Adam's Heirlooms

How to Prepare Horseradish

Fresh Horseradish Sauce

  • Fresh horseradish root (look for a firm, unblemished root – the whiter it looks inside, the fresher it is)
  • White vinegar (cider vinegar will discolor the horseradish)
  • Salt
  • Ice water

NOTE: It seems that horseradish’s characteristic bite is sharpest when the oils in the root are first exposed to air. So potent are these oils that all the recipes I read suggested (in no uncertain terms): preparing the root outdoors, wearing gloves and protective eye wear, and doing anything and everything you can to avoid touching your eyes after handling the stuff.
1. WARNING: Gather all your protective gear, cooking implements and ingredients together and bring them all to the outdoor location of your choice (you’ll need an outlet and a table.) It’s best to have everything in place before you get started so you don’t have to run back and forth and take the gloves on and off, etc.

2. Cut the ends off the horseradish root and peel it (the interior should be a creamy white) and then cut it into cubes that will be a manageable size for your blender or food processor.horseradish-2horseradish-3

 

 

 

3. Pour 1/4 cup of the ice water into your blender or food processor (if you’re using a blender, it should be enough to just cover the blades) and dump the horseradish cubes in after it.

4. Blend it for 25-30 seconds or until it is the consistency of the prepared horseradish you’d buy at the store. If your machine is having trouble, you can add a bit more water. Stop blending to shove any stray, unblended chunks down into the bowl and blend until they’ve been incorporated.horseradish-5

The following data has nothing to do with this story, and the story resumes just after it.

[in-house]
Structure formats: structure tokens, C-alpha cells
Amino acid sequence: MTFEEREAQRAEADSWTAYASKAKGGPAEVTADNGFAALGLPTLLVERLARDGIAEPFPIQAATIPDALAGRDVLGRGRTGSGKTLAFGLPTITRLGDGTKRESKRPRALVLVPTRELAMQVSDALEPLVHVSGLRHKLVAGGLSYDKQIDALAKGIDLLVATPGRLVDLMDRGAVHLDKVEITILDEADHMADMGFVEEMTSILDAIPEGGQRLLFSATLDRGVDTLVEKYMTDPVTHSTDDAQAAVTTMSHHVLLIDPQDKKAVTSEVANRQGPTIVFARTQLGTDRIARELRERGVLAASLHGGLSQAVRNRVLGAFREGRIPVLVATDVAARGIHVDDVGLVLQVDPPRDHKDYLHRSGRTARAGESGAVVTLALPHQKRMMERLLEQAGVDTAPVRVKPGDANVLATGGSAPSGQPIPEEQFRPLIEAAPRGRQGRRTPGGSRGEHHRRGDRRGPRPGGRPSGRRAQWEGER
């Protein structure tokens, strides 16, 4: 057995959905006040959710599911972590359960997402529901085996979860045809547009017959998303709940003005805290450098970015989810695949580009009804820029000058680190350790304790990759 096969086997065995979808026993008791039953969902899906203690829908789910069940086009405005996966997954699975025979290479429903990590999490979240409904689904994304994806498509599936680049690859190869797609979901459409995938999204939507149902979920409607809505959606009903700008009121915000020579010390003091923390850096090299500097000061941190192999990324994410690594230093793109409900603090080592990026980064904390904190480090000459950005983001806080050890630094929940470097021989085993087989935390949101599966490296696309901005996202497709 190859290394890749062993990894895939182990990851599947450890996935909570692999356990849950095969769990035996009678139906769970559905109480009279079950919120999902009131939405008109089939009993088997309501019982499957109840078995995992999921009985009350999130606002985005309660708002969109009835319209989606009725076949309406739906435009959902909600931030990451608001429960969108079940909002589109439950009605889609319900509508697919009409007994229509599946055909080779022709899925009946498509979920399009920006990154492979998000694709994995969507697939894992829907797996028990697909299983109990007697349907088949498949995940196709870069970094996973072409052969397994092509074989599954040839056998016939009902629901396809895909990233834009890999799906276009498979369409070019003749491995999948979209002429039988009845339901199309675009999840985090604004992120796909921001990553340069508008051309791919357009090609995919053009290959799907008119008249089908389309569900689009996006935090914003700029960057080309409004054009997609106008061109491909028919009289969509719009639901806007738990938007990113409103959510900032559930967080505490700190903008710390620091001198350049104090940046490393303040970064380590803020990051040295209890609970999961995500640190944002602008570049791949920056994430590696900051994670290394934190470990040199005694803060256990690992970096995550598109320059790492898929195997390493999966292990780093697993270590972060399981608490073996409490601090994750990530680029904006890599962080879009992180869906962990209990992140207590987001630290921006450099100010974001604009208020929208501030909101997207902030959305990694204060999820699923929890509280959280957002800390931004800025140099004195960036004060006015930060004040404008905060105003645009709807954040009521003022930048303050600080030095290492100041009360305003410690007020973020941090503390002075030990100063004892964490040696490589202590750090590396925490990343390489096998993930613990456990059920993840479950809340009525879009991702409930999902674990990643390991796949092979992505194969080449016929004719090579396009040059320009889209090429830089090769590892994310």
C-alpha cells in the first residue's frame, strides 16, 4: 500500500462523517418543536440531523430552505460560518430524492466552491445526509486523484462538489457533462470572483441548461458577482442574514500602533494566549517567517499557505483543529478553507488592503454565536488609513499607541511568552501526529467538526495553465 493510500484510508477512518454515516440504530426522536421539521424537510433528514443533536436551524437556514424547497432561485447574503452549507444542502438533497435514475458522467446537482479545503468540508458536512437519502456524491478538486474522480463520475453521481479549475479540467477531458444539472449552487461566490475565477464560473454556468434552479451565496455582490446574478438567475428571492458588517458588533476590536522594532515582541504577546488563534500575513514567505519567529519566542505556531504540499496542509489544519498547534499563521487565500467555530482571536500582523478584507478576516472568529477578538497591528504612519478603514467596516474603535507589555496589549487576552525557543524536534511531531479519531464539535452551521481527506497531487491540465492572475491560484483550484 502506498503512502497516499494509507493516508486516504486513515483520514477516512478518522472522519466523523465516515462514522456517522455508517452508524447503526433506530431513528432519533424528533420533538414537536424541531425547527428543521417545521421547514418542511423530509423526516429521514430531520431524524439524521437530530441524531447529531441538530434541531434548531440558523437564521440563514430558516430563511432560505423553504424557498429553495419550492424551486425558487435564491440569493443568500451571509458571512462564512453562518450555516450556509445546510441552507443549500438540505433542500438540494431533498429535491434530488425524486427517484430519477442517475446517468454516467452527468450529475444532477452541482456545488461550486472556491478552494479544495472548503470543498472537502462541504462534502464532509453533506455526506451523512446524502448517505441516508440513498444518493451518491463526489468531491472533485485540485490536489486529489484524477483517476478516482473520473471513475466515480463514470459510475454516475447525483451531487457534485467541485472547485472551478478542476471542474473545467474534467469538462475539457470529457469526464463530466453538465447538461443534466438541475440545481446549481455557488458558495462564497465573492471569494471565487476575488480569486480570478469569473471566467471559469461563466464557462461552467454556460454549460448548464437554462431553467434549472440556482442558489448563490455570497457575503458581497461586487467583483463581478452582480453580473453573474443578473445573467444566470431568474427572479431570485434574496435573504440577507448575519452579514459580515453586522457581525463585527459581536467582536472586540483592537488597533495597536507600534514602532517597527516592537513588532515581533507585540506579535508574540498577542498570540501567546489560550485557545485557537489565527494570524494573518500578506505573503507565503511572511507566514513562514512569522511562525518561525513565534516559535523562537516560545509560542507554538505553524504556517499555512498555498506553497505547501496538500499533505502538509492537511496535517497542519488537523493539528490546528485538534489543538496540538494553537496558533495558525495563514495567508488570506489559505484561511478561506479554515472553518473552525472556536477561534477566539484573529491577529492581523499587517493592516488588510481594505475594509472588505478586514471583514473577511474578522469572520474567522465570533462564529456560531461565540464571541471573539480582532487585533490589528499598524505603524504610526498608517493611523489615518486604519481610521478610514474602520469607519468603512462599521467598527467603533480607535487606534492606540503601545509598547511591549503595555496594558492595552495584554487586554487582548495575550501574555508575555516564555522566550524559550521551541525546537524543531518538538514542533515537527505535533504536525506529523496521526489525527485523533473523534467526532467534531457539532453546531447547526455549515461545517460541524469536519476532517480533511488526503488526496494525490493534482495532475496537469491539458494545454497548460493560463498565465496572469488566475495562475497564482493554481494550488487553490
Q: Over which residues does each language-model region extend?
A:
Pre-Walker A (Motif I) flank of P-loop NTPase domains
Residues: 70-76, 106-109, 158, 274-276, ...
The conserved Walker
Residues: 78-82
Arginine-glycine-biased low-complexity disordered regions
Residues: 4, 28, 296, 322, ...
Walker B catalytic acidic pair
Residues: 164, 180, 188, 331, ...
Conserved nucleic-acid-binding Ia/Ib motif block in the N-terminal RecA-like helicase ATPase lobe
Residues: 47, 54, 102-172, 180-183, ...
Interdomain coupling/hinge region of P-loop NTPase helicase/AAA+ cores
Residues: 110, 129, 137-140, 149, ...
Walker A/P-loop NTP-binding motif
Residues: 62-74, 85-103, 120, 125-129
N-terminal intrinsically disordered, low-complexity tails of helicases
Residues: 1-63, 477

5. Depending on how hot you want the horseradish you can either add the vinegar and salt now or wait a few minutes to add it. The longer you wait – the hotter the horseradish.  For medium, add vinegar right away.  Add 2-3 tablespoons of white vinegar and a half teaspoon of salt for each cup of ground horseradish root. Then blend a few seconds to combine thoroughly.

6. Taste (try a small amount as it may be very spicy!) the sauce to see if you need to adjust anything (more vinegar, more salt, etc.) If you’re satisfied, you can jar it up now. If your sauce seems too liquidy, you can drain off some of the water. Then spoon the sauce into glass jars with airtight lids and place them in the refrigerator. If you want to freeze the sauce, use a plastic container with an airtight lid. It will keep well in the fridge for about 4-6 weeks or in the freezer for 6 months or more.

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